If an individual is disabled or elderly and cannot care for themselves, they, along with their family, may have to make the difficult decision to relocate to a nursing home or extended care facility.
Residents and their families generally expect to receive a high level of care and support at these facilities. They reasonably assume staff will provide medical observation, assistance with essential activities of daily life, and companionship with professionalism and compassion. Unfortunately, this is not always the case.
According to the World Health Organization (WHO), elder abuse is a prevalent public health problem affecting individuals worldwide. A 2017 study based on evidence collected from research in 28 countries found that about 15.7% of people age 60 and older were abused.
However, as WHO notes, this is most likely a vast underrepresentation of the true scope of the problem; estimates suggest only 1 in 24 elder abuse cases are reported.
While those who live at home or with family members are at risk, residents of nursing homes and extended care facilities are typically more susceptible to abuse. In part, this is because individuals in these facilities tend to have physical or cognitive limitations that can inhibit their ability to speak up or seek help independently.
Furthermore, individuals may be isolated, with little or no contact with friends or family, and may not know how or where to seek assistance. Alone and vulnerable, individuals can be easy targets for malicious or cruel staff.
Defining Elder Abuse
Elder abuse comes in many forms. As the National Center on Elder Abuse (NCEA) explains, no single definition is used across disciplines or regions, so researchers must determine what constitutes “abuse” and who is an “elder.” This complicates the process of determining accurate statistics on nursing home abuse. It also makes it difficult for researchers and health care professionals to gauge the precise scope and nature of the issue.
Elder abuse includes physical, sexual, or emotional abuse. It also includes financial exploitation, neglect, abandonment, and self-neglect. Each state also has its own legal definition. States have criminal and civil laws regarding abuse of elders or acts related to the mistreatment of elders.
Physical violence and neglect account for a significant number of complaints. Physical harm can take several forms, including hitting, kicking, pushing, slapping, burning, or manhandling a person, according to the Centers for Disease Control and Prevention (CDC).
Such actions can result in illness, pain, injury, distress, impairment, or death. Another kind of physical violence is sexual abuse, which involves any unwanted or forced sexual interaction, including harassment.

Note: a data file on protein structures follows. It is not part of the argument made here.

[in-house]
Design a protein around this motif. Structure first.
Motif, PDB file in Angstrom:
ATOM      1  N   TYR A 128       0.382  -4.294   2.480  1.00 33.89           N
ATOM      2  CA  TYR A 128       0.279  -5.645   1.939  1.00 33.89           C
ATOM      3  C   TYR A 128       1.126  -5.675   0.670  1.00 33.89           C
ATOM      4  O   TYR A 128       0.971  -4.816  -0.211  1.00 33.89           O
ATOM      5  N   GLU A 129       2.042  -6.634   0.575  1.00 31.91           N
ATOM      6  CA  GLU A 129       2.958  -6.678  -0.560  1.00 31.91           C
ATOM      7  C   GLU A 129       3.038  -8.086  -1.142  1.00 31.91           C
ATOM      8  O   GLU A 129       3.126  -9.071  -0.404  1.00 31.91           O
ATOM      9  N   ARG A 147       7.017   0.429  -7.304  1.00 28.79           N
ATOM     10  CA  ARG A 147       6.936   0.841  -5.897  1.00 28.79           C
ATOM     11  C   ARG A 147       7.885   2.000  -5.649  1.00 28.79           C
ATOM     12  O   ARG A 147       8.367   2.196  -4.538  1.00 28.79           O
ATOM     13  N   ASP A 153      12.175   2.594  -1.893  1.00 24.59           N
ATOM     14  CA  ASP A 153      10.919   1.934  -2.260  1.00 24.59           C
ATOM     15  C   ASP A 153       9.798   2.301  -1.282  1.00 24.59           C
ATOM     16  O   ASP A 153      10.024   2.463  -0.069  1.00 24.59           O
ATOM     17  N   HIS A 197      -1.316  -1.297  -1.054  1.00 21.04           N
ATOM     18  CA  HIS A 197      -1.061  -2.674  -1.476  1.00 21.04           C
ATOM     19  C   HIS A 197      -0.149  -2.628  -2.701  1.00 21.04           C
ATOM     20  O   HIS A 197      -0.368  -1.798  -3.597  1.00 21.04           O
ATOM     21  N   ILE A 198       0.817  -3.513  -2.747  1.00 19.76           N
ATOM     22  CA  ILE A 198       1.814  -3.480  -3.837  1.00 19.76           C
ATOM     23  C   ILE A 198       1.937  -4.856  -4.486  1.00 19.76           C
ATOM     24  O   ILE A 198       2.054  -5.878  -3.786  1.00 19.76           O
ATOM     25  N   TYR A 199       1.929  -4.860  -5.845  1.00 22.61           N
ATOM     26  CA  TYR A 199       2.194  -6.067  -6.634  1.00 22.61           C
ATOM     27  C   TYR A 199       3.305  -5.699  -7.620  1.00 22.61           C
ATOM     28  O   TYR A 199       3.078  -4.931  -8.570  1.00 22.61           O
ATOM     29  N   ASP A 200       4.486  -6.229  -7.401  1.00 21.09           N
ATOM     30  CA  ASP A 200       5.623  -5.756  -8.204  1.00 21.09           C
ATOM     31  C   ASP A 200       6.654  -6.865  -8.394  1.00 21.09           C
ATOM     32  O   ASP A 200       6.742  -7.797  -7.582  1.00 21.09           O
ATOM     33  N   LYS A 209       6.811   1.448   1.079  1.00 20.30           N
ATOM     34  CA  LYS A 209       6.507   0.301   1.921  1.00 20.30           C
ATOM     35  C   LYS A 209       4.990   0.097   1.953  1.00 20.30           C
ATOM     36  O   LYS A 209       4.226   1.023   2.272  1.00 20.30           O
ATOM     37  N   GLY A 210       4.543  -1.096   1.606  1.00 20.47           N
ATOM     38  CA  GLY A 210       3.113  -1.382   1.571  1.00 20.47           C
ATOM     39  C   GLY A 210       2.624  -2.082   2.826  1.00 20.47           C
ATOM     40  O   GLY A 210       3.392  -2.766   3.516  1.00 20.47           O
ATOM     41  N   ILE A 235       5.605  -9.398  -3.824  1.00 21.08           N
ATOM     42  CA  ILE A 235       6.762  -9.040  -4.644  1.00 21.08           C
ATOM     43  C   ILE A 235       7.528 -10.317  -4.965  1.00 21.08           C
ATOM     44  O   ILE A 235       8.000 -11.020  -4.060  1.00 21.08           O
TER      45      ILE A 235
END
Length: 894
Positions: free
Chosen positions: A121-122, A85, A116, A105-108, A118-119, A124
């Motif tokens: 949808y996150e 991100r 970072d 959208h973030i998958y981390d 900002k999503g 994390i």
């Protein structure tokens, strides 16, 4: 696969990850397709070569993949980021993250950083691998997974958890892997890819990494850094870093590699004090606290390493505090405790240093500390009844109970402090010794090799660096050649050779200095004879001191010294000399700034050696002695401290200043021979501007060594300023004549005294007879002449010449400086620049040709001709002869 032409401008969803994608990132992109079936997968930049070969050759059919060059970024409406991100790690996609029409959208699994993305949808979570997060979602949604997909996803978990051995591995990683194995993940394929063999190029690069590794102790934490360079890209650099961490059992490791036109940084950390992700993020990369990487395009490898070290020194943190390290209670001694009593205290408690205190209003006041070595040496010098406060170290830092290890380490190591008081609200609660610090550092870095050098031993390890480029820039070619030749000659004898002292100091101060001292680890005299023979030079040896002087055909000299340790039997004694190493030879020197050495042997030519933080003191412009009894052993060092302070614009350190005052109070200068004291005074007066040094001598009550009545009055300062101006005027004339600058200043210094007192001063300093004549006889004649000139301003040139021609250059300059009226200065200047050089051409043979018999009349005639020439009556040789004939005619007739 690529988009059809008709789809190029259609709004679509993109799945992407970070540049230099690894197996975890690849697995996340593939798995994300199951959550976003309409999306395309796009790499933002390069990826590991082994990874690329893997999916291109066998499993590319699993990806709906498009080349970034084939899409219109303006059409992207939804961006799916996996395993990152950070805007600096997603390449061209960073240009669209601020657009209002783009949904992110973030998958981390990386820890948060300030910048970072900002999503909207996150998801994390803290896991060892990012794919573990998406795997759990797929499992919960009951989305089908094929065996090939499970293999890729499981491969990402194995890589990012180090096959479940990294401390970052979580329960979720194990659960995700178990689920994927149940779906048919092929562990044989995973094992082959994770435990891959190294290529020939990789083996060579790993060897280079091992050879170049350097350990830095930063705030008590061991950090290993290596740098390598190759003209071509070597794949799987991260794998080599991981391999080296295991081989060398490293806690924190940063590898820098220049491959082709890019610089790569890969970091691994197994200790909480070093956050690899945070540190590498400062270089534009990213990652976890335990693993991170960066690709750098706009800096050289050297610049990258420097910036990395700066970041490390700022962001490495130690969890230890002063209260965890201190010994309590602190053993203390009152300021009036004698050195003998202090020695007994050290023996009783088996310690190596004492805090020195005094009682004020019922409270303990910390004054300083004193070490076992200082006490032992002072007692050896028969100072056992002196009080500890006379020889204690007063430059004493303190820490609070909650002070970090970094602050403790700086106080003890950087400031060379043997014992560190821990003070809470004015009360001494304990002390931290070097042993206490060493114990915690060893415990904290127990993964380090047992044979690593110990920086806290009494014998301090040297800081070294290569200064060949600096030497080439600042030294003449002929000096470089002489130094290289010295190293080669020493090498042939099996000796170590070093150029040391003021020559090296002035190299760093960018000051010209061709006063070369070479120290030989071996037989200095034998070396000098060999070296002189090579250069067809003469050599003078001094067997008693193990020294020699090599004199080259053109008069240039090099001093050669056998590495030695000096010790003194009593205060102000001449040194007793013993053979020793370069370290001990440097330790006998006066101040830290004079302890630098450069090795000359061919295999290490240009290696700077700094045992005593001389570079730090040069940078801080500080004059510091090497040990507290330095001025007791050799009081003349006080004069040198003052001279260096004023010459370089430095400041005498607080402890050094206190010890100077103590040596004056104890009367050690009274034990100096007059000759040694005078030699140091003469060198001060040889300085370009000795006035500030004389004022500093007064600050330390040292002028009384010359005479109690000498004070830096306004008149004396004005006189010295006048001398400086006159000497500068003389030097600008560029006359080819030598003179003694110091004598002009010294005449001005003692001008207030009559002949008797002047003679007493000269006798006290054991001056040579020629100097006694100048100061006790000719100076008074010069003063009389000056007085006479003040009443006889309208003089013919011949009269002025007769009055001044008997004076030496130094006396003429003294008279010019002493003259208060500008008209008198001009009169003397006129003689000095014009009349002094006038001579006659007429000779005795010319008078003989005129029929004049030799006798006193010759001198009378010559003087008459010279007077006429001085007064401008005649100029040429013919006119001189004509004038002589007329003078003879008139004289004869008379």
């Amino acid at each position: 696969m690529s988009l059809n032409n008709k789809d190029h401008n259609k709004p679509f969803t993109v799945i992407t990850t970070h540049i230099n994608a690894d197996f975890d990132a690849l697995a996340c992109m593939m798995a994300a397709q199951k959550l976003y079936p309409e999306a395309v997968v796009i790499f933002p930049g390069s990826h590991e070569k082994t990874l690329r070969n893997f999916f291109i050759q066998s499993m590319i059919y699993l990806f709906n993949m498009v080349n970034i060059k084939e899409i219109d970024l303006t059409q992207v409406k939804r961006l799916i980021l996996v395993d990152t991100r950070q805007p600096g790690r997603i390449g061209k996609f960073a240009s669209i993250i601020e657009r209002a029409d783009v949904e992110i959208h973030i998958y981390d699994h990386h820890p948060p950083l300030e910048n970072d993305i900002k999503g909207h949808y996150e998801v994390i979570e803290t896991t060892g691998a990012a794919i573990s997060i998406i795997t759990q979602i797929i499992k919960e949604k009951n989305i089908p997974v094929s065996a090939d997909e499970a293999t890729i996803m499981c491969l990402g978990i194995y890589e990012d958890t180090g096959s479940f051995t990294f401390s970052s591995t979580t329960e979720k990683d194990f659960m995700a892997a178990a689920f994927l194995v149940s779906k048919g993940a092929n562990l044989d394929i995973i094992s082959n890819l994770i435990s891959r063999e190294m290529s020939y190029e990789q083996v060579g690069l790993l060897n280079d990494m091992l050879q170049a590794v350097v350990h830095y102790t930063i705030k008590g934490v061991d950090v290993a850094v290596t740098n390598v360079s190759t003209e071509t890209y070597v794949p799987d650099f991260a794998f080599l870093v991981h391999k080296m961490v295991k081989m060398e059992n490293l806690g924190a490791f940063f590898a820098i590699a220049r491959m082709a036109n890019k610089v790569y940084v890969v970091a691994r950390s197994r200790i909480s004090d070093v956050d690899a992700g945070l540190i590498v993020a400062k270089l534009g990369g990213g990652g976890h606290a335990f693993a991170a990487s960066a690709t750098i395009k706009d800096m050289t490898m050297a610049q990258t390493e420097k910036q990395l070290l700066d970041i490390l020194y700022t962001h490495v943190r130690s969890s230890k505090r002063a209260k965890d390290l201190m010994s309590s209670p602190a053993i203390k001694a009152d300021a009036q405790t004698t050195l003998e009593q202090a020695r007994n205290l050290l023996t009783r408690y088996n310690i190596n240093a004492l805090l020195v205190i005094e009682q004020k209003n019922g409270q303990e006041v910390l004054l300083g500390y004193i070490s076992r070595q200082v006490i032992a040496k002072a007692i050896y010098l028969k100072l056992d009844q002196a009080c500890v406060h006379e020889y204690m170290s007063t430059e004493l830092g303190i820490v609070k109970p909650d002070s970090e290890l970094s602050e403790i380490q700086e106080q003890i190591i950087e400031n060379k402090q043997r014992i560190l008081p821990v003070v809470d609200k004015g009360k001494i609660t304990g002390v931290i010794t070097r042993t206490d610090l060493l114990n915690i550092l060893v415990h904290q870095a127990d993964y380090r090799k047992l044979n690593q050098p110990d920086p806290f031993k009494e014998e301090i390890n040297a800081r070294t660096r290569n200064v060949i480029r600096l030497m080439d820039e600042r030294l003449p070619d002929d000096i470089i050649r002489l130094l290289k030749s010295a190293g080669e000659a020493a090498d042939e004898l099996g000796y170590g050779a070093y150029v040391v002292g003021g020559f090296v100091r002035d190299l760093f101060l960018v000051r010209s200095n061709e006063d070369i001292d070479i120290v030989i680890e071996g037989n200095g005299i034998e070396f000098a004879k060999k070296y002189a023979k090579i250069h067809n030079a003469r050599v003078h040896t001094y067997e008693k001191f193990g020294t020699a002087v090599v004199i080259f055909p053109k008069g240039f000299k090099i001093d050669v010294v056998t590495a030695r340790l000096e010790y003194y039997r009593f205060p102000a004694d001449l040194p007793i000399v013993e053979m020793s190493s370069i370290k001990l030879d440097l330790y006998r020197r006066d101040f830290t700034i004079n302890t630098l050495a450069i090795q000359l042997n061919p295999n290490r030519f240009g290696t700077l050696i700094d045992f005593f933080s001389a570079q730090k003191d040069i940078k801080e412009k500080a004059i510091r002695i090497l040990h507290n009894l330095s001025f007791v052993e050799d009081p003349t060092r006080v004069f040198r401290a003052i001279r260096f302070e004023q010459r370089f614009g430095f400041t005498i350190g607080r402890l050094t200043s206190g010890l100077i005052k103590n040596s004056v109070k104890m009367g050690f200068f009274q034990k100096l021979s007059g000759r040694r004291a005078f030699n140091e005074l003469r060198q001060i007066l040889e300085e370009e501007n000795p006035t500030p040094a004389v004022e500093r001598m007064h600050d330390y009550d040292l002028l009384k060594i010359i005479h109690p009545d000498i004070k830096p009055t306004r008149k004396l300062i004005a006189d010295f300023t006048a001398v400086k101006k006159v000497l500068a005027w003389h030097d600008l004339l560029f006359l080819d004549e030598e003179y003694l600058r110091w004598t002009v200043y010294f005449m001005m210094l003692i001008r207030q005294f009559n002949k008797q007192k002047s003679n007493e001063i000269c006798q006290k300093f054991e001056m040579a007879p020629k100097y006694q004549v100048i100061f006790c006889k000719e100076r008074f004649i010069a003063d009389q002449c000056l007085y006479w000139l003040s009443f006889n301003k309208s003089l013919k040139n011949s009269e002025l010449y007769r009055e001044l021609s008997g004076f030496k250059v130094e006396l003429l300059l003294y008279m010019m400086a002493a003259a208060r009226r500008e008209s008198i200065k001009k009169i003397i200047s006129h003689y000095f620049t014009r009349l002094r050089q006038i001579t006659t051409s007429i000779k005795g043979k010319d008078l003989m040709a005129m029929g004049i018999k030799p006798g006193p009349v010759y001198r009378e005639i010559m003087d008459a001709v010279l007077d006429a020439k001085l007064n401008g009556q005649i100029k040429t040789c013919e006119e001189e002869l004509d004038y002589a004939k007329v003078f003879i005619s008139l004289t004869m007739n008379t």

According to the CDC, between 2002 and 2016, more than 643,000 older adults visited the emergency room to treat assault injuries. There were also more than 19,000 homicides involving older adults.
Neglect also means failing to meet a person’s basic needs. This can include:
- Withholding food or water
- Leaving a resident in unsanitary conditions
- Withholding medication or medical care
Vulnerable populations, particularly people with debilitating physical or cognitive conditions, require a great deal of care and attention without which their well-being and health may be jeopardized.
But statistics show nursing home abuse is not limited to physical harm. As the CDC explains, emotional and psychological abuse are also prevalent. These forms of harm include any behavior that inflicts anguish, psychological pain, fear, or distress, per the agency. This can include humiliation or disrespect, threats, harassment, and isolation.
Vulnerable people may not be aware of certain abusive actions, including financial abuse, a prevalent issue in long-term facilities. In addition to theft of money or personal items, nursing home residents can be vulnerable to financial abuse via coercion to revise wills, trusts, or deeds, withdraw funds, or take out loans to benefit caregivers.
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What to Do if You Suspect Abuse
Some instances of abuse are intentional, the acts of malicious individuals with a disregard for vulnerable patients in their care. However, other instances of abuse, particularly neglect, are unintentional.
A vast majority of nursing homes are understaffed and ill-equipped to provide residents with adequate care. This can result in patients suffering in many ways, from malnourishment and lack of proper medical treatment to unsanitary environments.
Nursing home abuse statistics paint a grim picture, though data cannot accurately depict the anguish of victims’ realities. Regardless of whether abuse is intentional or not, it is important to note that the victim and their family are not at fault.
The effects of abuse on victims and their families can be significant and long-lasting. If you or a loved one have been abused in a nursing home or long-term care environment, you may have a legal right to seek compensation for your injuries and pain and suffering.
A personal injury lawyer may be able to support you in pursuing justice and financial awards. Contact Ben Crump Law, PLLC, to schedule a free, no-obligation consultation to see if you have a case. Call (800) 959-1444 to get started.